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 "What's a cooperative anyway?"  "What's the difference between an electric co-op and an investor-owned utility?" "How can I find out more about electric co-ops?"  Why do cooperatives call their customers member-owners?  What's a G&T co-op? What does NRECA stand for? What role does a statewide association play in relation to co-ops?

America's Cooperative Electric Utilities The Nation's Consumer Owned Electric Utility Network

Electric cooperatives are:

private independent electric utility businesses,


incorporated under the laws of the states in which they operate,


established to provide at-cost electric service,


owned by the consumers they serve,


governed by a board of directors elected from the membership, which sets policies and procedures that are implemented by the cooperatives’ professional staff.

Distribution cooperatives deliver electricity to the consumer. Generation and transmission cooperatives (G&Ts) generate and transmit electricity to distribution co-ops. In addition to electric service, many electric co-ops are involved in community development and revitalization projects, e.g., small business development and jobs creation, improvement of water and sewer systems, and assistance in delivery of health care and educational services.

Statewide Associations
In 38 of the 46 states in which electric cooperatives operate, statewide associations provide a unified voice that speaks to the general public, regulatory bodies and state legislatures on behalf of their members. These associations are voluntarily supported, governed by representatives of the member cooperatives and offer commonly desired services. Thirty-two statewide associations publish newspapers or magazines for the co-op consumer-owners, reaching more than six million readers each month.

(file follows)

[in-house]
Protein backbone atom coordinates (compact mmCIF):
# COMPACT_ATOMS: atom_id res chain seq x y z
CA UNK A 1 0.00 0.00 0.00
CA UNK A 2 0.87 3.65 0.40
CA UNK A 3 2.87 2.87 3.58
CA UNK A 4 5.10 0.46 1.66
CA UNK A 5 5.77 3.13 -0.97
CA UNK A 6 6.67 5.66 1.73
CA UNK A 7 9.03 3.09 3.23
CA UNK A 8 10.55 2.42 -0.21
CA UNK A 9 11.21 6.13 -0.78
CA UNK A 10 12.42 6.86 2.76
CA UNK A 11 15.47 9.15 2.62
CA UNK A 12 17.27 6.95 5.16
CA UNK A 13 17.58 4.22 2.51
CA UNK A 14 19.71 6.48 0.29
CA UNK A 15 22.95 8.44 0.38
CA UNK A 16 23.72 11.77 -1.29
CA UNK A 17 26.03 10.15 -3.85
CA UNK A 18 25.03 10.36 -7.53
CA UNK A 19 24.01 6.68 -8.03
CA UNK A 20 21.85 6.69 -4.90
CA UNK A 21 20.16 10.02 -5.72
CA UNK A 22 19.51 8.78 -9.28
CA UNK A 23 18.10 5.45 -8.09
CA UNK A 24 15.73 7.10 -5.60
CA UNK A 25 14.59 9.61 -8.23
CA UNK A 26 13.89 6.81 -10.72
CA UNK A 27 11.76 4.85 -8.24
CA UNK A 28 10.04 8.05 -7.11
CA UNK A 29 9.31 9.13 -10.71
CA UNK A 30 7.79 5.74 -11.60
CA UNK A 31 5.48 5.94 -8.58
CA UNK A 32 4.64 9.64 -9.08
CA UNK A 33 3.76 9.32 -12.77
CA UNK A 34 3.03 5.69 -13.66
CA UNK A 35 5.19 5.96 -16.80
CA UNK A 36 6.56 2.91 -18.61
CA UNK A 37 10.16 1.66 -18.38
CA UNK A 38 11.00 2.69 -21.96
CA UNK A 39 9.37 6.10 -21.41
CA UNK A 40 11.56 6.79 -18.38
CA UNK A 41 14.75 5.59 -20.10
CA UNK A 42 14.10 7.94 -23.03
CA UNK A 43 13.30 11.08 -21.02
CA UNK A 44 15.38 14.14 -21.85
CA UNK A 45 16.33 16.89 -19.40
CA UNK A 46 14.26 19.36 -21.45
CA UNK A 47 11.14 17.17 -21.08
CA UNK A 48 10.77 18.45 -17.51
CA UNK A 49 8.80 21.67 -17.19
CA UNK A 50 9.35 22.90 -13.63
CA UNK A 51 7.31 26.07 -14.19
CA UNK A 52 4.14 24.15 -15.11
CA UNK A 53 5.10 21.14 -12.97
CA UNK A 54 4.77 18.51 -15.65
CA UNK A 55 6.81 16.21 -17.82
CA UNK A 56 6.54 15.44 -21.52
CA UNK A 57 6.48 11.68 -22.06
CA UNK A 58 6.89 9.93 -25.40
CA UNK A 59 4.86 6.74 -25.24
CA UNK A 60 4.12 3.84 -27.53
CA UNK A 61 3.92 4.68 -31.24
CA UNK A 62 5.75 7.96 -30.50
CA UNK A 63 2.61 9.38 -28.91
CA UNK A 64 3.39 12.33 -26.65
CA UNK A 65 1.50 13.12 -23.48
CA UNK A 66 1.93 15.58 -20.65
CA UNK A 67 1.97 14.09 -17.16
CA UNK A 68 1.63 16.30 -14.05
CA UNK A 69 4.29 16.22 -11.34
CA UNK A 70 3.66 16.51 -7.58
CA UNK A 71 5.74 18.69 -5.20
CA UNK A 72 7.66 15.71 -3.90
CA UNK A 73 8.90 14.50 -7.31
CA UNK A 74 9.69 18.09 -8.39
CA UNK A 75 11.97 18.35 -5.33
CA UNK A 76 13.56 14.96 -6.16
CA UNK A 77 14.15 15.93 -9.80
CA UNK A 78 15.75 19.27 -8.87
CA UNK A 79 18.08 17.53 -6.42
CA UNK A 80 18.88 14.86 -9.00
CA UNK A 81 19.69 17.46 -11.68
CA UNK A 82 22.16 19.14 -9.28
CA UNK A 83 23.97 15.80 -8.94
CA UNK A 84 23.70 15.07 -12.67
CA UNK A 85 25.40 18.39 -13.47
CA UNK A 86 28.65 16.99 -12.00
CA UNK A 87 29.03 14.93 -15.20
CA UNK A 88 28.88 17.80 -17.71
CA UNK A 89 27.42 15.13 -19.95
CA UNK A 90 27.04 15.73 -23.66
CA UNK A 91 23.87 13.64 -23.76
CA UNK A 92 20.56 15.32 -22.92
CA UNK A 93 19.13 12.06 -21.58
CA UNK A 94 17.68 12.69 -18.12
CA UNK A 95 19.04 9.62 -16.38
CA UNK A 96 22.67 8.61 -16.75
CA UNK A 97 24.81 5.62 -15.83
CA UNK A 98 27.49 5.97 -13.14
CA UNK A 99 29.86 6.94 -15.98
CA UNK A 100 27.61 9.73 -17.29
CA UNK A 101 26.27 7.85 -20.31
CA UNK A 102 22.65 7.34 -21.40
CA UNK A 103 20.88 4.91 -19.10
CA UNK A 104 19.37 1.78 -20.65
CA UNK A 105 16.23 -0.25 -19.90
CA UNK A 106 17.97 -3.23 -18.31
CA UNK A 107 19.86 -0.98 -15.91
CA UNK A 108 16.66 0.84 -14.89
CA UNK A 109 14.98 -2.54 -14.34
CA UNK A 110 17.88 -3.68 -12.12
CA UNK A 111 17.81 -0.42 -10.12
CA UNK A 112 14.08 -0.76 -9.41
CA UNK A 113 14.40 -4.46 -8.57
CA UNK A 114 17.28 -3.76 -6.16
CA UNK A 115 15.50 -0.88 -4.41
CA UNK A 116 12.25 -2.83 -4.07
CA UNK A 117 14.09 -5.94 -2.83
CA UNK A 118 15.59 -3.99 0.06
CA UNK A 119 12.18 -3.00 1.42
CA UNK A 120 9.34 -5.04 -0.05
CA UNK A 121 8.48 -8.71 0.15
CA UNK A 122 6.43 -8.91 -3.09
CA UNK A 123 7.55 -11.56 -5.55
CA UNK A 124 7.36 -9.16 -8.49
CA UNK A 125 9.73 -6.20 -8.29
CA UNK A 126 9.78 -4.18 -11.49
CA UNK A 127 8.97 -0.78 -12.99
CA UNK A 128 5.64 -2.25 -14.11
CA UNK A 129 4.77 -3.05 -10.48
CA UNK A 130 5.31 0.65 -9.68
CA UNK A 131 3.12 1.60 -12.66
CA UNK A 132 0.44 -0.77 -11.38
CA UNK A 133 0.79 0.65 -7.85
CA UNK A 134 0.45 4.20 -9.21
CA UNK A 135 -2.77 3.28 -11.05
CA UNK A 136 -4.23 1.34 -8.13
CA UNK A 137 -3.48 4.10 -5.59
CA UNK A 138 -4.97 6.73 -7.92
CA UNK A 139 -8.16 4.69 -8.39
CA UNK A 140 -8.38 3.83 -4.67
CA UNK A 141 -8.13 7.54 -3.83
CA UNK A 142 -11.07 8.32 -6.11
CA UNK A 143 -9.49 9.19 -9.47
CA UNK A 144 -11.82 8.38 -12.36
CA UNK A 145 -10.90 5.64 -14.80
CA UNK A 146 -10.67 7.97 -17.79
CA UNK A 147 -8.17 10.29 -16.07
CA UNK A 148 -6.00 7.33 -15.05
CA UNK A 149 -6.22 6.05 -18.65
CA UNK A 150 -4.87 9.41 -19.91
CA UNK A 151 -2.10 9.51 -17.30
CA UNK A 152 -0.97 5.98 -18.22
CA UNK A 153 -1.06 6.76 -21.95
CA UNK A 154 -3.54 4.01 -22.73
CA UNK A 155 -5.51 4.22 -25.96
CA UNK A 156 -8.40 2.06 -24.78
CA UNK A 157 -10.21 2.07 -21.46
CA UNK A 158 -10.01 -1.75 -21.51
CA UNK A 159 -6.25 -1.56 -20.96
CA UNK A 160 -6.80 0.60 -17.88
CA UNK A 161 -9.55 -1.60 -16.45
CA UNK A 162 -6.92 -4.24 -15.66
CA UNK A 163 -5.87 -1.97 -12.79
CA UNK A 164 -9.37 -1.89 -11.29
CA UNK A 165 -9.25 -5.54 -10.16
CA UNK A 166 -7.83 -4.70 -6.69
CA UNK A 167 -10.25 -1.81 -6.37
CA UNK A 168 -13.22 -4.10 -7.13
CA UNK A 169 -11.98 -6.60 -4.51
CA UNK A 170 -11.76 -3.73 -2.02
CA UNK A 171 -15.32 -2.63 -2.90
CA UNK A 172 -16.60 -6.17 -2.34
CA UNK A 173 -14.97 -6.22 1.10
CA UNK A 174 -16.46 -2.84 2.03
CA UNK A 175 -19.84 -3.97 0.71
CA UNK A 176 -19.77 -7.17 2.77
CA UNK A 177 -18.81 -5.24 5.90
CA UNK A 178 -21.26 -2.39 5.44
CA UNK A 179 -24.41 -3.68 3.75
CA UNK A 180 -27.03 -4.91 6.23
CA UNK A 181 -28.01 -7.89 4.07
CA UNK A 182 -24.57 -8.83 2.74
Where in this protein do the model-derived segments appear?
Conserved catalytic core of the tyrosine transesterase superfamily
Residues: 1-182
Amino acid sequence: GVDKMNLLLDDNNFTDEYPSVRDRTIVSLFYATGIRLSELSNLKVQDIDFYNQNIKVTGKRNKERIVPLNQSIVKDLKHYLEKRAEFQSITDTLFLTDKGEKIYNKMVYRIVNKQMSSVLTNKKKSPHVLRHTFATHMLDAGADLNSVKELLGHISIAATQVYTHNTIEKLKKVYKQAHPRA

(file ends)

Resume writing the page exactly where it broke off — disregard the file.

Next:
National Representation
The National Rural Electric Cooperative Association (NRECA) represents the national interests of cooperative electric utilities. NRECA provides legislative, legal and regulatory services; and programs in insurance, management and employee education, training, consulting, public relations and advertising. NRECA and its member cooperatives also support energy and environmental research and administer a program of technical advice and assistance in developing countries around the world.

Cooperative Businesses
More than 100 million people are members of 47,000 U.S. cooperatives, enabling consumers to secure a wide array of goods and services such as health care, insurance, housing, food, heating fuel, hardware, credit unions, child care and utility services.


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